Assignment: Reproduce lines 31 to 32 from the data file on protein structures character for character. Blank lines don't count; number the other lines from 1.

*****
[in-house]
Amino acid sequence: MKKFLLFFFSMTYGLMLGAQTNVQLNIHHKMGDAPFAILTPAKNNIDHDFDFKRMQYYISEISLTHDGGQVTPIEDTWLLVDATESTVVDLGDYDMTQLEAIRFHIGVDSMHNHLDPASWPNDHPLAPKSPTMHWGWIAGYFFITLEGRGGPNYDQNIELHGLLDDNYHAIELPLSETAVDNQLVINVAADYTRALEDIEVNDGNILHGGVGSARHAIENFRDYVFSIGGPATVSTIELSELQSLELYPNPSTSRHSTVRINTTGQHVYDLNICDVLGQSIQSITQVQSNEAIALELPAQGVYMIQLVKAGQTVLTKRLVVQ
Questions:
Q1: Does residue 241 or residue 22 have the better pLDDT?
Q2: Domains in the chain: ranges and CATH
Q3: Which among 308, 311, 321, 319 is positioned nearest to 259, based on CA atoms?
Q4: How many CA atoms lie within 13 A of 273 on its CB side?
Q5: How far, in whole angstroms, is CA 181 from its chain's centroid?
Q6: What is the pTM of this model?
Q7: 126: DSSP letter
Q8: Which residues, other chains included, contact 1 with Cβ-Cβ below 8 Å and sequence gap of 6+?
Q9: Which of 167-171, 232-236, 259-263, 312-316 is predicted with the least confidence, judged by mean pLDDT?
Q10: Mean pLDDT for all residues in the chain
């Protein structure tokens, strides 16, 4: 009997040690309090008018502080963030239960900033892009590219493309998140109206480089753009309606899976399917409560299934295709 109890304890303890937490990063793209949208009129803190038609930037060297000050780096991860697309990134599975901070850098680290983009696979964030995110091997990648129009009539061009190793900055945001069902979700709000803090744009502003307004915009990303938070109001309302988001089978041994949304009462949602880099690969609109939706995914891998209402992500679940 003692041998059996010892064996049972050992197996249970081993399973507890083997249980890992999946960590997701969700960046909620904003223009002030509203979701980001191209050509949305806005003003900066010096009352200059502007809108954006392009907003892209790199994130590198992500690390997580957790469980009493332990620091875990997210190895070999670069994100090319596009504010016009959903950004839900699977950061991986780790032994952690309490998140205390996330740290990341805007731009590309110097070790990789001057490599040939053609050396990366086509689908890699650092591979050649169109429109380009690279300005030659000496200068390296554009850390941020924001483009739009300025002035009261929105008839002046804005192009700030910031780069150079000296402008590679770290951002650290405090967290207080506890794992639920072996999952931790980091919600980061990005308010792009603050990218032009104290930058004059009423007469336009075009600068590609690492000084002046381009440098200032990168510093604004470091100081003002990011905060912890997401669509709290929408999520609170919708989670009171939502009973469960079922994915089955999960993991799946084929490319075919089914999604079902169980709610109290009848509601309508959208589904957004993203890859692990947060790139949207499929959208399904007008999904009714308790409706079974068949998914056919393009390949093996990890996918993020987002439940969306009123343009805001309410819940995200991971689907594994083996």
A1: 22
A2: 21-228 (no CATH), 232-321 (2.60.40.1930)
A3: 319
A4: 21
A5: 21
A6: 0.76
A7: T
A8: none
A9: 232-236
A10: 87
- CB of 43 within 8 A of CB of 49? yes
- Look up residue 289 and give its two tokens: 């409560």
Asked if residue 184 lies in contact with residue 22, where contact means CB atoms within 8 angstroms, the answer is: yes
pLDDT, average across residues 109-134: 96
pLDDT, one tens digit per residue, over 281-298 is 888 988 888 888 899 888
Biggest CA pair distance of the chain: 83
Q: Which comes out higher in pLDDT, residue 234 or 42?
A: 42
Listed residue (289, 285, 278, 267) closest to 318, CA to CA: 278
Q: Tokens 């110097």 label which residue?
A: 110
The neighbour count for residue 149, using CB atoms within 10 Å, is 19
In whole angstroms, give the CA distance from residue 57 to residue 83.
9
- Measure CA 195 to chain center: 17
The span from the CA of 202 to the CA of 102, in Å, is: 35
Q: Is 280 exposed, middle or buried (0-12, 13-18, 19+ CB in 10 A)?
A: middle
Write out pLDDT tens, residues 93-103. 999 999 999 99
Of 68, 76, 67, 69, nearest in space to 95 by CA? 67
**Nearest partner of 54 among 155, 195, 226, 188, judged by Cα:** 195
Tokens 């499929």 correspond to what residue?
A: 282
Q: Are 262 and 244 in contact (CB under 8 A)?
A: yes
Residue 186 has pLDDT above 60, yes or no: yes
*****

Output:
Q: Which comes out higher in pLDDT, residue 234 or 42?
A: 42